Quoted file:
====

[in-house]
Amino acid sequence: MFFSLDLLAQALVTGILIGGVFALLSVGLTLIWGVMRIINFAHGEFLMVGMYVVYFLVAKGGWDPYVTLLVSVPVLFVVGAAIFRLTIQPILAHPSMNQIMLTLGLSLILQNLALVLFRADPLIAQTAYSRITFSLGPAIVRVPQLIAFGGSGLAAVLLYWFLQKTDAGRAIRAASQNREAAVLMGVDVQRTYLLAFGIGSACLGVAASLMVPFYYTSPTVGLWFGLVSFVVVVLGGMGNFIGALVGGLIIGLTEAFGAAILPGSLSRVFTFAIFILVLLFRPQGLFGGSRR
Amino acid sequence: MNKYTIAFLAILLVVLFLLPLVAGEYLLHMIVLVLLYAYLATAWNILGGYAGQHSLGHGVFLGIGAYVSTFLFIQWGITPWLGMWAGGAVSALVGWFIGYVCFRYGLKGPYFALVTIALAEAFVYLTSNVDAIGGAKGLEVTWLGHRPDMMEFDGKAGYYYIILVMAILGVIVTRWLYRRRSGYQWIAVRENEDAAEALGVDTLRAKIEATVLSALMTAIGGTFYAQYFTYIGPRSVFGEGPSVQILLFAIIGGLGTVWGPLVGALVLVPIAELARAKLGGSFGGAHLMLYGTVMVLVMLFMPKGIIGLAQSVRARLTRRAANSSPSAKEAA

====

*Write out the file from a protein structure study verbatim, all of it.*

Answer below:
[in-house]
Amino acid sequence: MFFSLDLLAQALVTGILIGGVFALLSVGLTLIWGVMRIINFAHGEFLMVGMYVVYFLVAKGGWDPYVTLLVSVPVLFVVGAAIFRLTIQPILAHPSMNQIMLTLGLSLILQNLALVLFRADPLIAQTAYSRITFSLGPAIVRVPQLIAFGGSGLAAVLLYWFLQKTDAGRAIRAASQNREAAVLMGVDVQRTYLLAFGIGSACLGVAASLMVPFYYTSPTVGLWFGLVSFVVVVLGGMGNFIGALVGGLIIGLTEAFGAAILPGSLSRVFTFAIFILVLLFRPQGLFGGSRR
Amino acid sequence: MNKYTIAFLAILLVVLFLLPLVAGEYLLHMIVLVLLYAYLATAWNILGGYAGQHSLGHGVFLGIGAYVSTFLFIQWGITPWLGMWAGGAVSALVGWFIGYVCFRYGLKGPYFALVTIALAEAFVYLTSNVDAIGGAKGLEVTWLGHRPDMMEFDGKAGYYYIILVMAILGVIVTRWLYRRRSGYQWIAVRENEDAAEALGVDTLRAKIEATVLSALMTAIGGTFYAQYFTYIGPRSVFGEGPSVQILLFAIIGGLGTVWGPLVGALVLVPIAELARAKLGGSFGGAHLMLYGTVMVLVMLFMPKGIIGLAQSVRARLTRRAANSSPSAKEAA